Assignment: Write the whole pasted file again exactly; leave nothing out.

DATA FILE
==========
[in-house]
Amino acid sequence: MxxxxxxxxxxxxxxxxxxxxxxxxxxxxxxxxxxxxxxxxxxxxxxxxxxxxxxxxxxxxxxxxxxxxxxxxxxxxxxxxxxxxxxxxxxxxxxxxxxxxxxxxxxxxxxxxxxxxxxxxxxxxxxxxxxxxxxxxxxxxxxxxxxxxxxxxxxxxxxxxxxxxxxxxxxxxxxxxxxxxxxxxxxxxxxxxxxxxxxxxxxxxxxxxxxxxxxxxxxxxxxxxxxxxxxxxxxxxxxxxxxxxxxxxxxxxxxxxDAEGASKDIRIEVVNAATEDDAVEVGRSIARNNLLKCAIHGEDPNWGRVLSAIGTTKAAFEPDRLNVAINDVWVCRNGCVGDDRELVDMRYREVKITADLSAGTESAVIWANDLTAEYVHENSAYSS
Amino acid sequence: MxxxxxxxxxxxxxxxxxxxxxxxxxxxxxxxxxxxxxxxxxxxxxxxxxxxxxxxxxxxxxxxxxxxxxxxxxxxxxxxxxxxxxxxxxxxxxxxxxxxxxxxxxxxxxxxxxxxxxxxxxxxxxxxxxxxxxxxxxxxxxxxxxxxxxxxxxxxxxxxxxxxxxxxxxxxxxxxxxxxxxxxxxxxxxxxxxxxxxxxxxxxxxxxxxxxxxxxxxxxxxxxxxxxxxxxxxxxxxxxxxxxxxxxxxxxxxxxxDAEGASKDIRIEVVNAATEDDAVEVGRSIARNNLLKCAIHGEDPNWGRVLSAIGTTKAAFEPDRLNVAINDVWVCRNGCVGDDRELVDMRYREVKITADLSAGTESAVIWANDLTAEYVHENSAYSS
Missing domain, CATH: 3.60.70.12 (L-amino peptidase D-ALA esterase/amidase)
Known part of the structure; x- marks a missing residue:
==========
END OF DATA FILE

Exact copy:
[in-house]
Amino acid sequence: MxxxxxxxxxxxxxxxxxxxxxxxxxxxxxxxxxxxxxxxxxxxxxxxxxxxxxxxxxxxxxxxxxxxxxxxxxxxxxxxxxxxxxxxxxxxxxxxxxxxxxxxxxxxxxxxxxxxxxxxxxxxxxxxxxxxxxxxxxxxxxxxxxxxxxxxxxxxxxxxxxxxxxxxxxxxxxxxxxxxxxxxxxxxxxxxxxxxxxxxxxxxxxxxxxxxxxxxxxxxxxxxxxxxxxxxxxxxxxxxxxxxxxxxxxxxxxxxxDAEGASKDIRIEVVNAATEDDAVEVGRSIARNNLLKCAIHGEDPNWGRVLSAIGTTKAAFEPDRLNVAINDVWVCRNGCVGDDRELVDMRYREVKITADLSAGTESAVIWANDLTAEYVHENSAYSS
Amino acid sequence: MxxxxxxxxxxxxxxxxxxxxxxxxxxxxxxxxxxxxxxxxxxxxxxxxxxxxxxxxxxxxxxxxxxxxxxxxxxxxxxxxxxxxxxxxxxxxxxxxxxxxxxxxxxxxxxxxxxxxxxxxxxxxxxxxxxxxxxxxxxxxxxxxxxxxxxxxxxxxxxxxxxxxxxxxxxxxxxxxxxxxxxxxxxxxxxxxxxxxxxxxxxxxxxxxxxxxxxxxxxxxxxxxxxxxxxxxxxxxxxxxxxxxxxxxxxxxxxxxDAEGASKDIRIEVVNAATEDDAVEVGRSIARNNLLKCAIHGEDPNWGRVLSAIGTTKAAFEPDRLNVAINDVWVCRNGCVGDDRELVDMRYREVKITADLSAGTESAVIWANDLTAEYVHENSAYSS
Missing domain, CATH: 3.60.70.12 (L-amino peptidase D-ALA esterase/amidase)
Known part of the structure; x- marks a missing residue: